The suspension in November was upheld, as the Arbitrator held that the grievor’s mental condition had not deteriorated sufficiently to require accommodation or mitigation.  The two day April suspension was replaced with a 1.5 day suspension, in recognition of the grievor’s worsened condition.  However, the Arbitrator held that the termination was discriminatory, because “[t]he Grievor had a mental disability, an anxiety and depressive disorder. … Her actions were the product of a paranoid individual and were not rational.  While she knew she was in the wrong, she clearly could not control herself and her lack of judgment was a result of her illness”.

The termination was set aside and replaced with a one month suspension in recognition of the grievor’s wrongful conduct.  It was also ordered that the grievor was to continue to access sick leave until she was able to qualify for her pension.

This case confirms that the duty to accommodate is a continuing one that must be applied throughout the employment relationship.  The fact that the employer had previously acted in good faith in accommodating and maintaining its awareness of the grievor’s needs during the employment relationship, did not excuse the employer’s failure to consider her needs at the time of the culminating behaviour leading to termination.

SERT monitoring not equivalent to credit course assignment

An Arbitrator’s decision that a School Board violated the preparation and planning provisions of its collective agreement was the subject of a recent judicial review in Halton Catholic District School Board v. Ontario English Catholic Teachers’ Association, [2009] O.J. No. 718 (Sup. Ct.).  Interestingly, one of the main grounds of the School Board’s appeal was that the Arbitrator’s finding reflected a conclusion that was not advanced by either party to the grievance.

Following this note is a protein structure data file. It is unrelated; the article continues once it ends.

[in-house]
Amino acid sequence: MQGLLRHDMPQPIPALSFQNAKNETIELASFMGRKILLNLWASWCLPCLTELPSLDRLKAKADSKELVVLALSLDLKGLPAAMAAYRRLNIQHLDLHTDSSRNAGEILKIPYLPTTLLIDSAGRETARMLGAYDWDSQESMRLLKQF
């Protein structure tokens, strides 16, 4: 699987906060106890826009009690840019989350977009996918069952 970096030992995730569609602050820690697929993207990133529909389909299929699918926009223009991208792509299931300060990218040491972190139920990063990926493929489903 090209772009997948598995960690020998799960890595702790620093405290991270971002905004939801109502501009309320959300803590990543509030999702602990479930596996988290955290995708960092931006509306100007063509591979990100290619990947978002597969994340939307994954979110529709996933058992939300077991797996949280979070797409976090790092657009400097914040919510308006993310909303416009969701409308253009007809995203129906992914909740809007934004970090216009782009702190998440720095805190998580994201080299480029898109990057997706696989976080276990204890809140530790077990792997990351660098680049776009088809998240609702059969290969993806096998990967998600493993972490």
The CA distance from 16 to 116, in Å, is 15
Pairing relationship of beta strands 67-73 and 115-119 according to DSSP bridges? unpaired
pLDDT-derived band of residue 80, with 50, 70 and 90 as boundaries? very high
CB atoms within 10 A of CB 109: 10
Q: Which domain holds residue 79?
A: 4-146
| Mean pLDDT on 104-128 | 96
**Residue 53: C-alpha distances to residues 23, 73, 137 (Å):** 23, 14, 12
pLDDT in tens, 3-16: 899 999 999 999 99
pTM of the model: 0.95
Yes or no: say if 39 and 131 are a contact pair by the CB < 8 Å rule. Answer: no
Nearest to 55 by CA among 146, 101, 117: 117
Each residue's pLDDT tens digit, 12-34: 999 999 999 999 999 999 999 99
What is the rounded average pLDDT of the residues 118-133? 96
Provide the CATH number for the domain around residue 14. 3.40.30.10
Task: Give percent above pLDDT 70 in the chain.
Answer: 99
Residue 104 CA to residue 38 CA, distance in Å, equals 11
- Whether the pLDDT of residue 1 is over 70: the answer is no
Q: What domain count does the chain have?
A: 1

Changes reflected in the parties’ new collective agreement initiated the dispute.  In the predecessor collective agreement, Special Education Resource Teachers (SERTs) in the secondary panel performed duties relating to the teaching and support of students with exceptionalities, including the monitoring of student progress with respect to Individual Education Plan goals.  SERTs were assignable to four classroom periods plus a lunch period with no supervision/on-call duties and no planning/preparation period.  In the new collective agreement however, SERTs were provided with a planning/preparation period and were required to perform supervision and on-call duties.  In effect, the timetabling distinctions between SERTs and other teachers were eliminated and either could be assigned to 3 periods plus a lunch period and preparation/on-call periods.

At the arbitration, the Union alleged that the workload of a SERT was increased due to the new collective agreement and sought redress including, having the monitoring activities performed by SERTs identified as 1 out of the 3 courses that could be assigned under the new collective agreement provisions, as well as reimbursement to SERTs who were assigned to teach more than 3 periods daily.    The Union acknowledged that student monitoring was part of a SERT’s function and had been performed for many years.  The Union did not grieve the Board’s assignment of monitoring work to SERTs.  Rather, the issue before the Arbitrator was whether or not the Board had an obligation to assign the duty as a course or to provide time away from the classroom assignment to complete that duty.

The Arbitrator however, considered the issue quite differently.  He analyzed whether or not monitoring was an assignable duty and drew a distinction between “direct” and “indirect monitoring” concluding that “direct monitoring”, completed during class time or outside class time, was properly assigned as part of a relevant course assignment.  He held that the portion of “direct monitoring” not occurring during class time was properly attributable to planning and preparation periods. The Arbitrator then concluded that the Board violated the agreement by improperly assigning a caseload to SERTs that included “indirect monitoring” under the preparation/planning provisions of the agreement.